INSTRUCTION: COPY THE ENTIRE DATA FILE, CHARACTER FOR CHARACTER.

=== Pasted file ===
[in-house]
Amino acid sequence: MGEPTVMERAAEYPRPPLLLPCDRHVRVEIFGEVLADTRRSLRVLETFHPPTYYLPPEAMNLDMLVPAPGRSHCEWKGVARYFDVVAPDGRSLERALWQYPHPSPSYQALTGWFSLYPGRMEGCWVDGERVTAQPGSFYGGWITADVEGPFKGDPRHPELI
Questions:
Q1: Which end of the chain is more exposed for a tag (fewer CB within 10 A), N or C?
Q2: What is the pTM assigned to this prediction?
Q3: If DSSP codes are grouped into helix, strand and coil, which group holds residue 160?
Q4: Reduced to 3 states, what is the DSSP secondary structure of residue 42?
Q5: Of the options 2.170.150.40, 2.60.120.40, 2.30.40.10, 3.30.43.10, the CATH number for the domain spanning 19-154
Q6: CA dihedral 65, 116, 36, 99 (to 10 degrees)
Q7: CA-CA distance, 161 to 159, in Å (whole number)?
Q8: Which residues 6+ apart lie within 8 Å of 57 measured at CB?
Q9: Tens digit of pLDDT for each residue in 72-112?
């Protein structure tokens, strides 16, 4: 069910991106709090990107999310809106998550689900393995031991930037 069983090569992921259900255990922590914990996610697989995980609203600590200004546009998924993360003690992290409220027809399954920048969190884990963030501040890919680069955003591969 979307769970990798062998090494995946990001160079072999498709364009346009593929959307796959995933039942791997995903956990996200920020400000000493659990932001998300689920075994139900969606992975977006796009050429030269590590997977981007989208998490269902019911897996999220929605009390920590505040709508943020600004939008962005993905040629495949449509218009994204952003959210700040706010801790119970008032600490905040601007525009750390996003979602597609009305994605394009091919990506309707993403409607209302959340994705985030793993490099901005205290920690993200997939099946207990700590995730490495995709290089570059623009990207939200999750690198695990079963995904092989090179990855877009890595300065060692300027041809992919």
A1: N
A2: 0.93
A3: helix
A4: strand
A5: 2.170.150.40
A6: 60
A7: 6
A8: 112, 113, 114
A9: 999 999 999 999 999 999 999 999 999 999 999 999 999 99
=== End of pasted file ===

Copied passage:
[in-house]
Amino acid sequence: MGEPTVMERAAEYPRPPLLLPCDRHVRVEIFGEVLADTRRSLRVLETFHPPTYYLPPEAMNLDMLVPAPGRSHCEWKGVARYFDVVAPDGRSLERALWQYPHPSPSYQALTGWFSLYPGRMEGCWVDGERVTAQPGSFYGGWITADVEGPFKGDPRHPELI
Questions:
Q1: Which end of the chain is more exposed for a tag (fewer CB within 10 A), N or C?
Q2: What is the pTM assigned to this prediction?
Q3: If DSSP codes are grouped into helix, strand and coil, which group holds residue 160?
Q4: Reduced to 3 states, what is the DSSP secondary structure of residue 42?
Q5: Of the options 2.170.150.40, 2.60.120.40, 2.30.40.10, 3.30.43.10, the CATH number for the domain spanning 19-154
Q6: CA dihedral 65, 116, 36, 99 (to 10 degrees)
Q7: CA-CA distance, 161 to 159, in Å (whole number)?
Q8: Which residues 6+ apart lie within 8 Å of 57 measured at CB?
Q9: Tens digit of pLDDT for each residue in 72-112?
């Protein structure tokens, strides 16, 4: 069910991106709090990107999310809106998550689900393995031991930037 069983090569992921259900255990922590914990996610697989995980609203600590200004546009998924993360003690992290409220027809399954920048969190884990963030501040890919680069955003591969 979307769970990798062998090494995946990001160079072999498709364009346009593929959307796959995933039942791997995903956990996200920020400000000493659990932001998300689920075994139900969606992975977006796009050429030269590590997977981007989208998490269902019911897996999220929605009390920590505040709508943020600004939008962005993905040629495949449509218009994204952003959210700040706010801790119970008032600490905040601007525009750390996003979602597609009305994605394009091919990506309707993403409607209302959340994705985030793993490099901005205290920690993200997939099946207990700590995730490495995709290089570059623009990207939200999750690198695990079963995904092989090179990855877009890595300065060692300027041809992919």
A1: N
A2: 0.93
A3: helix
A4: strand
A5: 2.170.150.40
A6: 60
A7: 6
A8: 112, 113, 114
A9: 999 999 999 999 999 999 999 999 999 999 999 999 999 99